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Why do we say creeds?


Unlike some churches that require affirmation of a strict list of beliefs as a condition of membership, The United Methodist Church is not a creedal church.

So why do we recite creeds during worship?

The United Methodist Hymnal contains nine creeds or affirmations. Only two of these (Nicene and Apostles') are strictly considered to be creeds because they are products of ecumenical councils.

The remaining affirmations are taken from Paul's letters (Corinthians, Colossians, Romans and Timothy) along with affirmations from the United Church of Canada, the Korean Methodist Church and the United Methodist Social Affirmation.

United Methodists are not required to believe every word of the affirmations. Church founder, John Wesley himself did not agree with a historic (Athanasian) creed, because he disliked its emphasis on condemning people to hell.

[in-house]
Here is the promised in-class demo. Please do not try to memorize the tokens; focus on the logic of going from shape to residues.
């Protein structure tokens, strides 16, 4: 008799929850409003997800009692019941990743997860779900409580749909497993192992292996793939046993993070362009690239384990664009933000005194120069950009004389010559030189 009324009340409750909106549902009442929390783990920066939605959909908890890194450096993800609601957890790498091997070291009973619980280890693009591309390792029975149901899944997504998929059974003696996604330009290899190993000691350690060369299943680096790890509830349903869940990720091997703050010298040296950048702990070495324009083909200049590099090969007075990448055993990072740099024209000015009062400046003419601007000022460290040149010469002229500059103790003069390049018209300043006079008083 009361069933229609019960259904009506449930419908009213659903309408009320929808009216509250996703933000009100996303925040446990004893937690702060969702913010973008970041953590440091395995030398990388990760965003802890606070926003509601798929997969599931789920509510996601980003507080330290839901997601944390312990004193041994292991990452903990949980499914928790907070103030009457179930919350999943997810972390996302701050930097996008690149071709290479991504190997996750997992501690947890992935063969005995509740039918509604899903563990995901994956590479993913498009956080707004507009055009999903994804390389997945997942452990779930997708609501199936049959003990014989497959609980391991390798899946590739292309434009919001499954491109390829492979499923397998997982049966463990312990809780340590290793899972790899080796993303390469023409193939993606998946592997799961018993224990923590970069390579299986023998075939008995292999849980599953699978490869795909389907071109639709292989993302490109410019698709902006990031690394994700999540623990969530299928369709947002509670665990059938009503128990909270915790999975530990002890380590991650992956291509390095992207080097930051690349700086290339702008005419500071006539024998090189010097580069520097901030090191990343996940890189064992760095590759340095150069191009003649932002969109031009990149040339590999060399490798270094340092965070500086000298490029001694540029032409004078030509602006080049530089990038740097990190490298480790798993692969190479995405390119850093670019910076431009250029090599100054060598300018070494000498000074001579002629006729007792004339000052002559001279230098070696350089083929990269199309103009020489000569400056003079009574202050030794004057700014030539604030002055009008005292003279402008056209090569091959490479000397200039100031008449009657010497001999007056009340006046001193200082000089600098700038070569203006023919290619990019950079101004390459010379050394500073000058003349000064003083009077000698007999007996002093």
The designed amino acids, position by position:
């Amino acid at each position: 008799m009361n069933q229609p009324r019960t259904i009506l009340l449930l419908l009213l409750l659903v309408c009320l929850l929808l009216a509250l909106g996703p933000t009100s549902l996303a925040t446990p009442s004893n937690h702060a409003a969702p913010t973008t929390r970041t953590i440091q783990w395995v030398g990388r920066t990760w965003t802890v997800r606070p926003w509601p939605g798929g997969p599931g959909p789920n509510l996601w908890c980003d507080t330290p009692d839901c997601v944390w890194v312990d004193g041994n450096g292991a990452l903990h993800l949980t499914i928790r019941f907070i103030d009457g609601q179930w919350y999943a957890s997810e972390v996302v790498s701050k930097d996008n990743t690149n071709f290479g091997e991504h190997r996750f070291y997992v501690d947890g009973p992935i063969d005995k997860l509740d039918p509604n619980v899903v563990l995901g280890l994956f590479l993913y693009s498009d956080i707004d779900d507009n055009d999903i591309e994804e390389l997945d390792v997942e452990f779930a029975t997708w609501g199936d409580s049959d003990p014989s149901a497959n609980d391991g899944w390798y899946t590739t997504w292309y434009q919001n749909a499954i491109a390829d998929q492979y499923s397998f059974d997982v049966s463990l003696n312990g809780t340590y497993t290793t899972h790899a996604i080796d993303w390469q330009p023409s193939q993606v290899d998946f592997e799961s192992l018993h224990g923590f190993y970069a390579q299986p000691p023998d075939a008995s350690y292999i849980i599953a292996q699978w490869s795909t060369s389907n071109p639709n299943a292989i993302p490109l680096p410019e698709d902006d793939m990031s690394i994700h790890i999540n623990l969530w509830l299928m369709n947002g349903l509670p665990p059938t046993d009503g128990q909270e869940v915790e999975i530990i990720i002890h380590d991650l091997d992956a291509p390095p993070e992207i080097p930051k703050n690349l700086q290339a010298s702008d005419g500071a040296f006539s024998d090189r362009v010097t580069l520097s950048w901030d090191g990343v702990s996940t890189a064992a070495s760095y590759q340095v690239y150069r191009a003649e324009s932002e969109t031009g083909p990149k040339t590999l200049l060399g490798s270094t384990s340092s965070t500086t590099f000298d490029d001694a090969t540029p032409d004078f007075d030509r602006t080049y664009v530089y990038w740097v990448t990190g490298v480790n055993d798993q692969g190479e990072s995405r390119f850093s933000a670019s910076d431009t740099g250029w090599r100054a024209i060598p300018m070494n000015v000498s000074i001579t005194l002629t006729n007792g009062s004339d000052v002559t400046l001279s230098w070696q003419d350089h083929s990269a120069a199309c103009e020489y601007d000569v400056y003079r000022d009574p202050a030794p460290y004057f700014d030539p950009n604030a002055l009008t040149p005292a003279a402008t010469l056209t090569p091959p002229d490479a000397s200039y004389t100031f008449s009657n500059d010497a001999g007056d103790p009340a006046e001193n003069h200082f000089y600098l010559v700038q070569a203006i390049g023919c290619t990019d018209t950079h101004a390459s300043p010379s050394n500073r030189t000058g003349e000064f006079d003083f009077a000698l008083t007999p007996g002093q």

Affirmations help us come to our own understanding of the Christian faith. They affirm our unity in Christ with those followers who first wrote them, the many generations who have recited them before us and those who will recite them after we have gone.

-The Rev. J. Richard Peck

The Rev. J. Richard Peck is [former] editor of Newscope and United Methodist resources including The Book of Resolutions and the Daily Christian Advocate.

Interpreter, September 1999

Remember the Creeds by Bishop Timothy Whitaker